RICHMOND — A Berea couple accused of selling their two teenage daughters for sex pleaded guilty Wednesday to a lesser charge.
Anthony Wayne Hart, 50, and Kathy Hart, 46, each pleaded guilty to one count of second-degree unlawful transaction with a minor. In exchange for those pleas, the commonwealth dismissed the original charges of one count of human trafficking, two counts of first-degree unlawful transaction with a minor, and two counts of use of a minor younger than 16 in a sexual performance.
Assistant Commonwealth's Attorney Jennifer Smith recommended that each defendant be sentenced to five years in prison, although each would get credit for time served in jail when they were initially arrested in 2011. The maximum sentence each might have faced had they gone to trial and been convicted was 50 years.
Madison Circuit Judge Jean Chenault Logue scheduled sentencing for July 10.
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Smith said in court and in an interview afterward that resolving the case this way was in the best interests of the daughters. She said they are in foster homes and "are happy and are doing well."
"The girls have been torn between feeling like victims on the one hand and loving their parents on the other," Smith said in open court.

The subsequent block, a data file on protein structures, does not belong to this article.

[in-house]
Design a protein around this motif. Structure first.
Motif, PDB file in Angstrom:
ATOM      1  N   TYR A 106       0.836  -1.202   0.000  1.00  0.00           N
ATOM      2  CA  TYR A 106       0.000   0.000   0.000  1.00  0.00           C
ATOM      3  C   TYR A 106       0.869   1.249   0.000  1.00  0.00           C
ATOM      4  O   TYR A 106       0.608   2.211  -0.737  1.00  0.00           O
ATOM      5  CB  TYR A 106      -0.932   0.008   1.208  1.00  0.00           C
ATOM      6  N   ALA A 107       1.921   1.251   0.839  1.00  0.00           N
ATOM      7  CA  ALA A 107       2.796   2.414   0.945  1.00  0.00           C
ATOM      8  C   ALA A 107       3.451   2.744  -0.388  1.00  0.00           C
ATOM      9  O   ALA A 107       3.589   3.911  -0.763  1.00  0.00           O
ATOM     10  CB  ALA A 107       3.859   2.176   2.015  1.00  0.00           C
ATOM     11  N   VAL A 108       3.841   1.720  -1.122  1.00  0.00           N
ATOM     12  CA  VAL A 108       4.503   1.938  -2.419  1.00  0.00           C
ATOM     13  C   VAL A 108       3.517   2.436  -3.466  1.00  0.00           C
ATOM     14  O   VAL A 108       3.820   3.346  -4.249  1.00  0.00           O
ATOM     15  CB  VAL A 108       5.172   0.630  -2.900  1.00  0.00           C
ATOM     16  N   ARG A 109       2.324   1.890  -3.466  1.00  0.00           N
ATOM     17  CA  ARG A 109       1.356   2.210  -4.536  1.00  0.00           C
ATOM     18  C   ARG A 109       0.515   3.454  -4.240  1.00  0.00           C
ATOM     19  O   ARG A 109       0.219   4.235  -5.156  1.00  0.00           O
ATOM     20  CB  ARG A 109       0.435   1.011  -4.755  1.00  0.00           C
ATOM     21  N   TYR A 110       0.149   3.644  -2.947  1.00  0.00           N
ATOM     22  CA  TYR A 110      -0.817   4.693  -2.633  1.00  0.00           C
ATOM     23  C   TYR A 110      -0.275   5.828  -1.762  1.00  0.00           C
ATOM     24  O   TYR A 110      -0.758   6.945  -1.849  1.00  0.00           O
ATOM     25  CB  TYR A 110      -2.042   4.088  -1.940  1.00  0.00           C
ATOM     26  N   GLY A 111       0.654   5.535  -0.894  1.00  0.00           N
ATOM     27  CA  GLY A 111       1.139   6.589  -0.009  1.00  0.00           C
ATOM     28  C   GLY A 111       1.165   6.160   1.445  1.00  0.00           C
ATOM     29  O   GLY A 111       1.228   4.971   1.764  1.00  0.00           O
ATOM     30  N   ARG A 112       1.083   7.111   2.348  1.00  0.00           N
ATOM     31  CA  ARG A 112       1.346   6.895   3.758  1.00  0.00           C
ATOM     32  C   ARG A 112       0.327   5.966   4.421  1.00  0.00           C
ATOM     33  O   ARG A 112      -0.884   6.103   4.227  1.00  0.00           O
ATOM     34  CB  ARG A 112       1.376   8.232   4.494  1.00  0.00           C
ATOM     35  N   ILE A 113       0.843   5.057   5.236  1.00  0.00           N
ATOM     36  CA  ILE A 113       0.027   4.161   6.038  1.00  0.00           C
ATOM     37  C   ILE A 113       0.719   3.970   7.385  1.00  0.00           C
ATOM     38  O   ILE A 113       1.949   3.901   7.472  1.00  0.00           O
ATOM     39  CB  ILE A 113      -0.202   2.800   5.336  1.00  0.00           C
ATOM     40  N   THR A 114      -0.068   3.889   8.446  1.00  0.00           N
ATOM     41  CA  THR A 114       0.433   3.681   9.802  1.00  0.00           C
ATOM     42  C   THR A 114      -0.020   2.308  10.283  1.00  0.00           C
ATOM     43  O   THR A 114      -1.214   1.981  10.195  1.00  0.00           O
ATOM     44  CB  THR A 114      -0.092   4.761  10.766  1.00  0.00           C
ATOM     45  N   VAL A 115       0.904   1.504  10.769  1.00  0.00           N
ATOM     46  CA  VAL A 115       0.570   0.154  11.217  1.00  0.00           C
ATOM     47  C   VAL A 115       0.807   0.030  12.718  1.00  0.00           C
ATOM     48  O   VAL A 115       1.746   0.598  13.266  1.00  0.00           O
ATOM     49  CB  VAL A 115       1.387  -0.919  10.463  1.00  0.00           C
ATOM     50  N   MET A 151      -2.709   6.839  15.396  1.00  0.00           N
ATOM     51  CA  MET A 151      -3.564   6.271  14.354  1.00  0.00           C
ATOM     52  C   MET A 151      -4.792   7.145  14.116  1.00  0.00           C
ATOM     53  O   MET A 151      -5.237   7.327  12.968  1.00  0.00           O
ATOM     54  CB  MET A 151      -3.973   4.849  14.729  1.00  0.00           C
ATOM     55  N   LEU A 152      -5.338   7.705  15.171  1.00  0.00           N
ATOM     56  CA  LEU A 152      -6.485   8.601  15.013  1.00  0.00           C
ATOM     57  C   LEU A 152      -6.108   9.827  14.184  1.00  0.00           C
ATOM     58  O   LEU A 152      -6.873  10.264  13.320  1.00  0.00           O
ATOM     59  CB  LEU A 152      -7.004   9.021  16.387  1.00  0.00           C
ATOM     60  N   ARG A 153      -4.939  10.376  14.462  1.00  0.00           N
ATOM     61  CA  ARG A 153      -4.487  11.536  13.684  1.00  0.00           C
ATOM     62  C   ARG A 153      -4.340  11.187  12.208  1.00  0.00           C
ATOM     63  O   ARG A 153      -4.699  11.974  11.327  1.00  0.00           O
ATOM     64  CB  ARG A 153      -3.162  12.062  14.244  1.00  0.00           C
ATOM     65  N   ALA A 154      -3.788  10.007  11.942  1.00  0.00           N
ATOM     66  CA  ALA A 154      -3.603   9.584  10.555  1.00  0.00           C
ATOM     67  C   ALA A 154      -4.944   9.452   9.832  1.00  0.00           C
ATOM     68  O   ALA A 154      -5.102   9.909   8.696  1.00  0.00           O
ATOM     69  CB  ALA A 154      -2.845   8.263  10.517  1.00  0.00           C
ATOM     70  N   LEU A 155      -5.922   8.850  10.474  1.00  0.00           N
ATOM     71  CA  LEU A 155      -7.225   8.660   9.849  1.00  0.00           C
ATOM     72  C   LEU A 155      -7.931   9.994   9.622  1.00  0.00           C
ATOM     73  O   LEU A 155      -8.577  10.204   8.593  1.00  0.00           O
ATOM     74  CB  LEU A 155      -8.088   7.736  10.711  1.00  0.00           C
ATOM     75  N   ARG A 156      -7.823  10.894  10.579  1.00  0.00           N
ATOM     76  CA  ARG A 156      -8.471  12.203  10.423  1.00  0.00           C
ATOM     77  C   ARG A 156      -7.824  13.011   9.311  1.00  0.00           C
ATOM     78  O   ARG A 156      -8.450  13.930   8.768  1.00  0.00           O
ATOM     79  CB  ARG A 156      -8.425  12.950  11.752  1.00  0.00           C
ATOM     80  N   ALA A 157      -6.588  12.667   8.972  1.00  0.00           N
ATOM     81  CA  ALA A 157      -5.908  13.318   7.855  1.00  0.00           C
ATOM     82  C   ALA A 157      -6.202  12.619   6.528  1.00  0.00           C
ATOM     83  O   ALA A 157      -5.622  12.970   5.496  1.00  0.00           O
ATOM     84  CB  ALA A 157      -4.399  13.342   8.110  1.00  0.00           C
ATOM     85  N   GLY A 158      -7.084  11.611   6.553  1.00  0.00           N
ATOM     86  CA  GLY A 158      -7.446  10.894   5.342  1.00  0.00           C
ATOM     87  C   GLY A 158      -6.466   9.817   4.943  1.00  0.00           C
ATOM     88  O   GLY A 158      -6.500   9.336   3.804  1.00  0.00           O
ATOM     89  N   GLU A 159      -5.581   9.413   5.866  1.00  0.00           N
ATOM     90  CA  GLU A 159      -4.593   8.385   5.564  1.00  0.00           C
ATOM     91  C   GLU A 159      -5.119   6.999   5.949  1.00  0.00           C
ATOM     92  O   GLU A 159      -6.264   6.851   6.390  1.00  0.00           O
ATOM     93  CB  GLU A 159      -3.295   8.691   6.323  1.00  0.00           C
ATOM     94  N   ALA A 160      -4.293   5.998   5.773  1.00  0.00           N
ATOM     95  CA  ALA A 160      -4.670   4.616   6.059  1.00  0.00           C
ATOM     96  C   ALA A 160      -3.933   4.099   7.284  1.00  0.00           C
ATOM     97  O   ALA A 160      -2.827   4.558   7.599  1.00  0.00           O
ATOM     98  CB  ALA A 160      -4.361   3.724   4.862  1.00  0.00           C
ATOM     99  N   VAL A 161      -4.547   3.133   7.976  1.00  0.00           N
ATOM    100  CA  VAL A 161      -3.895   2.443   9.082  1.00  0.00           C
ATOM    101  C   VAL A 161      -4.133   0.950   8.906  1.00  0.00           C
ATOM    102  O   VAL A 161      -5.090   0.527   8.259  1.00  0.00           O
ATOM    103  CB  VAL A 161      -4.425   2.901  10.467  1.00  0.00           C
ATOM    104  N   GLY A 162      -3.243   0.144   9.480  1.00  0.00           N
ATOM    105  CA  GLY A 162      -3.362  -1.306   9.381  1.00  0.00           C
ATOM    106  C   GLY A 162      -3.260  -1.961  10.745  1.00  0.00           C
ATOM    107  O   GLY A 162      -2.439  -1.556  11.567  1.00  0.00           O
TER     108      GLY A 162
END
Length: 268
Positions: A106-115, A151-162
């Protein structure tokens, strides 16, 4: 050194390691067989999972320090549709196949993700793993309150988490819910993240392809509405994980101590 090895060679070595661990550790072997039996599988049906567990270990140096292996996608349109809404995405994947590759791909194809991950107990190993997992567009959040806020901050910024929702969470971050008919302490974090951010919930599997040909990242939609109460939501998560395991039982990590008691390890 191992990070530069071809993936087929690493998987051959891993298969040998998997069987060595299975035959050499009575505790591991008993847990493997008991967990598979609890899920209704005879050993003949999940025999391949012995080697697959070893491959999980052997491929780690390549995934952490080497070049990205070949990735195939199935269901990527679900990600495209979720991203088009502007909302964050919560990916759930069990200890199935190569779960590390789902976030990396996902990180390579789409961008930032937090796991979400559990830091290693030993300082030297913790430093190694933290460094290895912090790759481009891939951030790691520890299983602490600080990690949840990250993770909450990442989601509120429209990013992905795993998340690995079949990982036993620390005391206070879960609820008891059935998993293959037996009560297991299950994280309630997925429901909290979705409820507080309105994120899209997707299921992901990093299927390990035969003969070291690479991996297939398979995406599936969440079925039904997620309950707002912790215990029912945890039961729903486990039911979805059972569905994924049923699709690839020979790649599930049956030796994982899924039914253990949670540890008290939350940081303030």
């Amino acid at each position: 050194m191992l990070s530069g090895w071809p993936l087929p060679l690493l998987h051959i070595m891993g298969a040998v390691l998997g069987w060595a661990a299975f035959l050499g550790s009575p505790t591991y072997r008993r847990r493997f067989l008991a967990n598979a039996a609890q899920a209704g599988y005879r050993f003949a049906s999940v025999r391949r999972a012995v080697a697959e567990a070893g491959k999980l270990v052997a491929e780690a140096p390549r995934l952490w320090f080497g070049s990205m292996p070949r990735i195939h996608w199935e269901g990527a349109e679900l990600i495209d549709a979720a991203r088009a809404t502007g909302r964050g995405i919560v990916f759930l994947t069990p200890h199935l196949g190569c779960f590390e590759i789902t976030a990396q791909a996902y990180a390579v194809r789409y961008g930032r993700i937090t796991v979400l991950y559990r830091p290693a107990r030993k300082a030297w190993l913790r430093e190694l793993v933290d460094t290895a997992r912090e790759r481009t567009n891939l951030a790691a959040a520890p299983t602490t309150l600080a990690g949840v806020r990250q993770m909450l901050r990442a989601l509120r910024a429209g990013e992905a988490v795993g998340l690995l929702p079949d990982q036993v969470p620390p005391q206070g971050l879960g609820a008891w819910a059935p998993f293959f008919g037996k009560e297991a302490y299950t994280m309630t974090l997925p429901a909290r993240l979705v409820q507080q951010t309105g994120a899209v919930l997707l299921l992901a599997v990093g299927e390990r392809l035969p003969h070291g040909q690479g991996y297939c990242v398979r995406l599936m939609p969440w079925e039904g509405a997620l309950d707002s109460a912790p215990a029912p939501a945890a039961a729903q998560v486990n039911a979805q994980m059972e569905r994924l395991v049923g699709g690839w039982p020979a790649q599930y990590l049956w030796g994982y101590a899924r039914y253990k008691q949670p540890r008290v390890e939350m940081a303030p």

In the interview, Smith said the girls "do not want to be forced to testify. They want to end this."
The daughters told varying accounts at different times, and Smith indicated that that would have been a problem during a vigorous cross-examination had the cases gone to trial.
For example, the daughters at times had denied that they were sold for sex but at other times had admitted that there had been sexual contact with men. A third defendant, Alex Gomez-Lopez, pleaded guilty in 2012 to first-degree sexual abuse for having sexual contact with one of the girls. An attempted rape charge against him was dismissed.
The original indictment said that Kathy Hart induced the girls to engage in companionship with men. Smith said the men would pay for food and clothes for the girls and sometimes for Kathy Hart.
Kathy Hart allegedly would approach men in public and ask if they wanted to go out on "dates" with her daughters.
In November 2002, the Harts were charged with attempting to sell a 3-month-old daughter for adoption in the parking lot of a Danville Wal-Mart. Anthony Hart later entered into a plea agreement and was sentenced to two years in prison.
The charge against Kathy Hart was dismissed after a Boyle Circuit Court judge ruled that she was incompetent to stand trial.